WPBT2's Star Gazers

Episode #12-49 "Follow the Orbiting Moon"
Air Dates December 3 - December 9, 2012



FIVE MINUTE EPISODE SCRIPT
JAMES: Hey there Star Gazers. I’m James Albury, Director of the Kika Silva Pla Planetarium in Gainesville, Florida.

DEAN: And I’m Dean Regas, astronomer for the Cincinnati Observatory. Fellow StarGazer, Marlene Hidalgo, will join us to help you find your way around the sky. People really notice the planets when they’re by the Moon. They often ask me, “What was that bright thing next to the Moon last night?”

JAMES: It could be any number of planets – or bright stars for that matter. From Earth, the Moon appears near each planet about one day out of each month and next week the Moon hops by three, count ‘em three planets.

DEAN: Along the way we’ll hop by a star or two. Let’s show you!

(STOP DROP)

DEAN: Okay, we’re in the pre-dawn skies facing east-southeast on Sunday December 9th. There’s our old friend, the waning crescent Moon who’ll be heading to a New Moon in a few short days. But what’s that bright “star” next to the Moon.

JAMES: Well I know we were talking planets earlier, but this “star” is actually a star. It’s
the blue giant called Spica in the constellation of Virgo the Virgin. But let’s not get distracted. Although Spica is an amazing star, we’re hunting planets. 

DEAN: When we advance the sky one day, same time of morning to Monday December 10th, the Moon has shifted near another “star” of almost equal brightness to Spica. But this is the beautiful ringed planet Saturn.

JAMES: To the naked eye, Saturn looks like an ordinary yellow star but through a telescope… wow! What a view! You can see the rings and several of the bigger, brighter moons in even a backyard telescope.

DEAN: But the Moon moves on and here is the sky on Tuesday December 11th. The Moon hopped over one of Jack Horkheimer’s favorite stars to pronounce. Hey there Zubenelgenubi!

JAMES: Hi Zubenelgenubi! We love you too but this is a planet show and the Moon is just down and to the right of much-more-brilliant Venus. Ah, that morning you’ll get the classic sky view – the brightest planet next to a slim crescent Moon. What could be better than that?!?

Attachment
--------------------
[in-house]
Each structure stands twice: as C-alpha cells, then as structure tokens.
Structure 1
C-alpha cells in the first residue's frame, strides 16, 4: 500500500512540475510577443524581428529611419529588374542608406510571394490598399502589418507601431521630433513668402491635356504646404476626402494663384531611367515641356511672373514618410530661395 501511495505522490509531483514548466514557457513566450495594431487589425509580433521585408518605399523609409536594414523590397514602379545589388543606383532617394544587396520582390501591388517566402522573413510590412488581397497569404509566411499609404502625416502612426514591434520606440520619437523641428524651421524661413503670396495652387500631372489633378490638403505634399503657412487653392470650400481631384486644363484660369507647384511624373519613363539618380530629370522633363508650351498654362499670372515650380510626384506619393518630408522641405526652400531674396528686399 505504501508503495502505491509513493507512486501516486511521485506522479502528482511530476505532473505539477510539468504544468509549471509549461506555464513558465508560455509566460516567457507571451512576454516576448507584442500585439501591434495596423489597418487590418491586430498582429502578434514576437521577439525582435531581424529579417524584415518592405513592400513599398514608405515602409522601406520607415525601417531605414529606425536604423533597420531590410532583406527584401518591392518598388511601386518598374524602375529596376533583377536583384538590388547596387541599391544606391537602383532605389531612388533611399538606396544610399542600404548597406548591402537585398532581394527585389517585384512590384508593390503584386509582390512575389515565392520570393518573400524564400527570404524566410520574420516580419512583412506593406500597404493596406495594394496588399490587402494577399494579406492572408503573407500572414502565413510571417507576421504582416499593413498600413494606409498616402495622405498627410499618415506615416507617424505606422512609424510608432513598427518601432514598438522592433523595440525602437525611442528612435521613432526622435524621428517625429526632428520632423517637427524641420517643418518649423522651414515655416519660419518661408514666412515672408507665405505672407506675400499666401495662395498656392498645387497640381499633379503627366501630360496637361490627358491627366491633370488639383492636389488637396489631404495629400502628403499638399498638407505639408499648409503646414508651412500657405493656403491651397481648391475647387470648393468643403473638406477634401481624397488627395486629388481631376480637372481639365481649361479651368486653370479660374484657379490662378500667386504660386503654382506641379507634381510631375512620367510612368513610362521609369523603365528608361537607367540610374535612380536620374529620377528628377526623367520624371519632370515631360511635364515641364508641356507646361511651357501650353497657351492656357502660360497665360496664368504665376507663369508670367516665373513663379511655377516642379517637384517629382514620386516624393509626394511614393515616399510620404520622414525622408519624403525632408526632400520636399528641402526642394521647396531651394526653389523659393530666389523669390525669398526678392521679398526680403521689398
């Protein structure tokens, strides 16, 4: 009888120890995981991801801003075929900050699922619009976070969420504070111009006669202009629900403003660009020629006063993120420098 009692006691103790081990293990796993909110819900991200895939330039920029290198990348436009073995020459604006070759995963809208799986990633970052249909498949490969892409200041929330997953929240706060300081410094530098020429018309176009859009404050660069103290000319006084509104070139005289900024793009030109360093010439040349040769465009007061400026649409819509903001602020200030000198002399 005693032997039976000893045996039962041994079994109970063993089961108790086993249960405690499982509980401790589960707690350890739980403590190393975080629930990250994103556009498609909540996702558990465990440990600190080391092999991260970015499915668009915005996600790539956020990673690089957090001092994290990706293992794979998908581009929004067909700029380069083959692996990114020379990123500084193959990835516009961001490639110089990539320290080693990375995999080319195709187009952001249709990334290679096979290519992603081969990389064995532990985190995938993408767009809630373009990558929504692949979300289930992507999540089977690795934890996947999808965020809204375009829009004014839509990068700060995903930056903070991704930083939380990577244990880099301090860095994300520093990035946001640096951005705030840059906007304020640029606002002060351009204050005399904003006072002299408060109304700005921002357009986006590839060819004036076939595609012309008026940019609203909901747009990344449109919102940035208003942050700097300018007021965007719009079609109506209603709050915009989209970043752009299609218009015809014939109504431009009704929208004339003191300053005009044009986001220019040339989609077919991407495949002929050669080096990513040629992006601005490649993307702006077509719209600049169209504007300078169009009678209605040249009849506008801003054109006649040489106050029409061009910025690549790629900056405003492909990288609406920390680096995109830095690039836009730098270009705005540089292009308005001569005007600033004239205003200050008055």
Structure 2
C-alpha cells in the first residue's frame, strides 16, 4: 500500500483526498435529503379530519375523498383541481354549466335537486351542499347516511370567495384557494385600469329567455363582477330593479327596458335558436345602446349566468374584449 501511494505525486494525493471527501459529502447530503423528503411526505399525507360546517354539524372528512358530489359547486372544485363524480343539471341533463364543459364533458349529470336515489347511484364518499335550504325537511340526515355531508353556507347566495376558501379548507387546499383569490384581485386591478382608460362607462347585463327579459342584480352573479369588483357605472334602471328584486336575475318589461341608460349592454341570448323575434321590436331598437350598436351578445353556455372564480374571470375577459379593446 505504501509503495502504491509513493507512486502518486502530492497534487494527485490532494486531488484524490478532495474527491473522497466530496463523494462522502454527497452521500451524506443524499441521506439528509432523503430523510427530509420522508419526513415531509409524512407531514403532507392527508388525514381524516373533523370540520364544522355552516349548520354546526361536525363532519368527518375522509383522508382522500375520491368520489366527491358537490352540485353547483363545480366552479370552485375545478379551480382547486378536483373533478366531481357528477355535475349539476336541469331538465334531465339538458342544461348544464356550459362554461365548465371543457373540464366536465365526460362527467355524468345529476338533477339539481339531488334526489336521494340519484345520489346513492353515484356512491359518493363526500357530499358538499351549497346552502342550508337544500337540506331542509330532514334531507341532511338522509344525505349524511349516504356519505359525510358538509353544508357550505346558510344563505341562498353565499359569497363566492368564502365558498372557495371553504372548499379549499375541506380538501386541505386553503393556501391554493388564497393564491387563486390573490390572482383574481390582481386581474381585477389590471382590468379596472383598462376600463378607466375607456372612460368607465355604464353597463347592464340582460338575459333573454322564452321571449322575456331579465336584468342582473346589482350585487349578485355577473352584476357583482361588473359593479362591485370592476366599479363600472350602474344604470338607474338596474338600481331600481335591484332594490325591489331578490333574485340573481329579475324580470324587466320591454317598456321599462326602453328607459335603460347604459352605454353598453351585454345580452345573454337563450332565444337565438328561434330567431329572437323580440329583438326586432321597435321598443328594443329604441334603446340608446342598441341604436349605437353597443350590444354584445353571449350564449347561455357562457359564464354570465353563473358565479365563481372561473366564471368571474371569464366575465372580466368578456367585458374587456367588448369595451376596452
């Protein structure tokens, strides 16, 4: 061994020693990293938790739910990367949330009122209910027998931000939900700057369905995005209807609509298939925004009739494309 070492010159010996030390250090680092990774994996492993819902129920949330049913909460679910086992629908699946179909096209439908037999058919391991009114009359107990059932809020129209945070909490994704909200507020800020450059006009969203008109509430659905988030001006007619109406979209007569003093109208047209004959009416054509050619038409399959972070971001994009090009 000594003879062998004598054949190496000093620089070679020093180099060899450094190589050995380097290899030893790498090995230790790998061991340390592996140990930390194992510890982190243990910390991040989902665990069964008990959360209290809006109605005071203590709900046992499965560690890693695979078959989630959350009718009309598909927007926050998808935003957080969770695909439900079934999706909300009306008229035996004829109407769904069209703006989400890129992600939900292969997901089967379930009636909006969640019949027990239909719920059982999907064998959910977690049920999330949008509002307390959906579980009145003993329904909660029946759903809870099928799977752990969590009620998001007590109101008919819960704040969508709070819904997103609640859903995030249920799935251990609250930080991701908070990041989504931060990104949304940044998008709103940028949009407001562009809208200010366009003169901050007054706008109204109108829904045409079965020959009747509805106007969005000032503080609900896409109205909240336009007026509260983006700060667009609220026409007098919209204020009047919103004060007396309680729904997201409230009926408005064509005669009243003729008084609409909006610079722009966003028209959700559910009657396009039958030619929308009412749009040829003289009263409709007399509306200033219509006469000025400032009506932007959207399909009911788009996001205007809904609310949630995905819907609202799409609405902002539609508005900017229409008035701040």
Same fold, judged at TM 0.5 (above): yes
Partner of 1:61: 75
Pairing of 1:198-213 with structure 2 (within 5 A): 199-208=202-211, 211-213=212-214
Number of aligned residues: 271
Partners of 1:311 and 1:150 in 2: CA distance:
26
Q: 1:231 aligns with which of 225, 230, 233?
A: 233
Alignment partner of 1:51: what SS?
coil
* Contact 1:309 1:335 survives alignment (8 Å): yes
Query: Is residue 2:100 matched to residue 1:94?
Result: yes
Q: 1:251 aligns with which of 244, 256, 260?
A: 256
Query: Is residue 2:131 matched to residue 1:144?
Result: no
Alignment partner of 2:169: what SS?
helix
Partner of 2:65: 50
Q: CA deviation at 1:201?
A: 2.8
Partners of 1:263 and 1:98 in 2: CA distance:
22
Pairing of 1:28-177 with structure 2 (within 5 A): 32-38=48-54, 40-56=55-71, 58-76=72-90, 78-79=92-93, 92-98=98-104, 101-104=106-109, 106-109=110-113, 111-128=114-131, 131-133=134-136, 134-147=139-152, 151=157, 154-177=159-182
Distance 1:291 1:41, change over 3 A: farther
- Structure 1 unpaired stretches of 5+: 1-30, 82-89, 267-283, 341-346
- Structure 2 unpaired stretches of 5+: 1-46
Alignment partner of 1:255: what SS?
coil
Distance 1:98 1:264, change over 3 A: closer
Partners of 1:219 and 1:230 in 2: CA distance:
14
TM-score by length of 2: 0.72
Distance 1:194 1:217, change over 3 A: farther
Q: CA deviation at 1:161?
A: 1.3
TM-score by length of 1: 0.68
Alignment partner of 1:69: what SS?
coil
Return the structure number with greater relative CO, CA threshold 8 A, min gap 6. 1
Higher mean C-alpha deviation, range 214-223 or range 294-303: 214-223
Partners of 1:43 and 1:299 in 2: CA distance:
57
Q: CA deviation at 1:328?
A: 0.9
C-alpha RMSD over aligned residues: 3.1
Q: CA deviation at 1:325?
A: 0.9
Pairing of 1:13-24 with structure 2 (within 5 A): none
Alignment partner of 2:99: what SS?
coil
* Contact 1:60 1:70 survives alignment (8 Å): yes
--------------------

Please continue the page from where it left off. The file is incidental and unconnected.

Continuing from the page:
DEAN: I’ll tell you what. If you have a clear view to the horizon, and no clouds, you might, just might, see the elusive planet Mercury down and to the left. Mercury never strays far from the Sun and so we can only see him just before sunrise or just after sunset.

JAMES: That means you’ll have to spy speedy Mercury lickety-split before the glare of the sunrise washes him out.

DEAN: So, why does the Moon seem to wander among the planets? Well, from Earth the planets, Sun, and Moon seem to move across the background stars near this imaginary line we call the ecliptic. Marlene, show us the ecliptic from outer space…

(STOP)

MARLENE: Out here we can look down at our solar system. When we speed up time, we can watch the planets revolve around the Sun in nearly circular orbits. But in space we need to think in three dimensions so let’s see the orbits from the side view. Wow, see how the orbits of the planets are almost all lined up? From Earth, the Sun and planets all appear in this line – that’s the ecliptic plane. When we extend the plane outward… that’s where the zodiac constellations would be. Virgo, Libra, Scorpius, and the others. The Moon orbits the Earth in nearly the same plane of space as the planets. It’s tilted by about 5 degrees to the ecliptic but it never strays far. So, as the Moon orbits the Earth every month or so, it will appear near each planet (and the Sun) one or two days each month. That’s why we can see the Moon near planets so often. And on those rarest of occasions, the orbit of the Moon will bring it right in front of the Sun causing a total solar eclipse!

(STOP)

JAMES: All this is happening while the Earth is moving around the Sun – and the Sun is moving around the galaxy and the galaxy is moving through the universe!

DEAN: We’d love to show you all that but the graphics department would kill us. So be sure to look for the Moon near the blue star Spica on the morning of December 9.

JAMES: The Moon near ringed Saturn and not too far from Zubenelgenubi on December 10.

DEAN: And for the beautiful, classic early morning view be sure to check out the slim crescent moon next to brilliant Venus on December 11.

BOTH: Keep looking up!

 

Episode #12-49 "Follow the Orbiting Moon"
Air Dates December 3 - December 9, 2012



ONE MINUTE EPISODE SCRIPT
JAMES: People often ask us, “What was that bright thing next to the Moon last night?”

DEAN: It could be any number of planets – or bright stars for that matter. From Earth, the
Moon appears near each planet about one day out of each month and next week the Moon hops by three planets.

(STOP DROP)

JAMES: Okay, it’s pre-dawn, facing east-southeast on Sunday December 9th. The waning crescent Moon will be next to the blue star Spica.

DEAN: When we advance the sky one day, same time of morning to December 10th, the
Moon has shifted near another “star” of almost equal brightness to Spica. But this is the
beautiful ringed planet Saturn.

JAMES: And then on the morning of December 11th the Moon is just down and to the right
of beautiful Venus. Ah, what a sight! The brightest planet next to a slim crescent Moon.

DEAN: But look closely lower down near the horizon that day for the planet Mercury 30 minutes before sunrise. It’s all there when you…

BOTH: Keep looking up!

 

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